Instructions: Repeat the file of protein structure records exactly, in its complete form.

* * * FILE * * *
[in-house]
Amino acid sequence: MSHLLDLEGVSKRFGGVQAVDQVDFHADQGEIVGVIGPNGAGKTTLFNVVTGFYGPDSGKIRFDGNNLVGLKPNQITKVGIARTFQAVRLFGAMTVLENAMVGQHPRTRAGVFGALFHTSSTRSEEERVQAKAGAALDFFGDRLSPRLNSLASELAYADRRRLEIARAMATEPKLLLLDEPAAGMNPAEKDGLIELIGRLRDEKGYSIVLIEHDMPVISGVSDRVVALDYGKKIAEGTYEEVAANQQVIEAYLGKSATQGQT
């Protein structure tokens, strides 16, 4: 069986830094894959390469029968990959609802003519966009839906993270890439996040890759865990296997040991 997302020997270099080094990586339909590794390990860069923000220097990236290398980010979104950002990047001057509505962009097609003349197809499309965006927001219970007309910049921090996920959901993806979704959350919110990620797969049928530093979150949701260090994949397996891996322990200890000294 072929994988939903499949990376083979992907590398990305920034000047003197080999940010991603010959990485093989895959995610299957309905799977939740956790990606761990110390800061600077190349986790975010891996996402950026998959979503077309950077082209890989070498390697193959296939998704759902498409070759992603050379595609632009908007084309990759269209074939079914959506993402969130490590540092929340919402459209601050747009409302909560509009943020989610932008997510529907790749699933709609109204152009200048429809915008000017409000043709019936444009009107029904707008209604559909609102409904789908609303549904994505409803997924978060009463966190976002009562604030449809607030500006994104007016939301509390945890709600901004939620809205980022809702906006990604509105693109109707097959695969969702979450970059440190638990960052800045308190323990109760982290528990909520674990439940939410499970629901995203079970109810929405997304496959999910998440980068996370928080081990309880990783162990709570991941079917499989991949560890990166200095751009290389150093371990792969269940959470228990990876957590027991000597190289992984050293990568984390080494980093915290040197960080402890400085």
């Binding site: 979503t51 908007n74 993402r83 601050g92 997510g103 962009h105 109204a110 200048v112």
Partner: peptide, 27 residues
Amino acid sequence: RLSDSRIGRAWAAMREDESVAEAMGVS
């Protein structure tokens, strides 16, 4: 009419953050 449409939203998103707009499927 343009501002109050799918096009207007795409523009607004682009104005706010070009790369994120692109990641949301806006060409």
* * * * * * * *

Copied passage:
[in-house]
Amino acid sequence: MSHLLDLEGVSKRFGGVQAVDQVDFHADQGEIVGVIGPNGAGKTTLFNVVTGFYGPDSGKIRFDGNNLVGLKPNQITKVGIARTFQAVRLFGAMTVLENAMVGQHPRTRAGVFGALFHTSSTRSEEERVQAKAGAALDFFGDRLSPRLNSLASELAYADRRRLEIARAMATEPKLLLLDEPAAGMNPAEKDGLIELIGRLRDEKGYSIVLIEHDMPVISGVSDRVVALDYGKKIAEGTYEEVAANQQVIEAYLGKSATQGQT
């Protein structure tokens, strides 16, 4: 069986830094894959390469029968990959609802003519966009839906993270890439996040890759865990296997040991 997302020997270099080094990586339909590794390990860069923000220097990236290398980010979104950002990047001057509505962009097609003349197809499309965006927001219970007309910049921090996920959901993806979704959350919110990620797969049928530093979150949701260090994949397996891996322990200890000294 072929994988939903499949990376083979992907590398990305920034000047003197080999940010991603010959990485093989895959995610299957309905799977939740956790990606761990110390800061600077190349986790975010891996996402950026998959979503077309950077082209890989070498390697193959296939998704759902498409070759992603050379595609632009908007084309990759269209074939079914959506993402969130490590540092929340919402459209601050747009409302909560509009943020989610932008997510529907790749699933709609109204152009200048429809915008000017409000043709019936444009009107029904707008209604559909609102409904789908609303549904994505409803997924978060009463966190976002009562604030449809607030500006994104007016939301509390945890709600901004939620809205980022809702906006990604509105693109109707097959695969969702979450970059440190638990960052800045308190323990109760982290528990909520674990439940939410499970629901995203079970109810929405997304496959999910998440980068996370928080081990309880990783162990709570991941079917499989991949560890990166200095751009290389150093371990792969269940959470228990990876957590027991000597190289992984050293990568984390080494980093915290040197960080402890400085």
């Binding site: 979503t51 908007n74 993402r83 601050g92 997510g103 962009h105 109204a110 200048v112």
Partner: peptide, 27 residues
Amino acid sequence: RLSDSRIGRAWAAMREDESVAEAMGVS
């Protein structure tokens, strides 16, 4: 009419953050 449409939203998103707009499927 343009501002109050799918096009207007795409523009607004682009104005706010070009790369994120692109990641949301806006060409």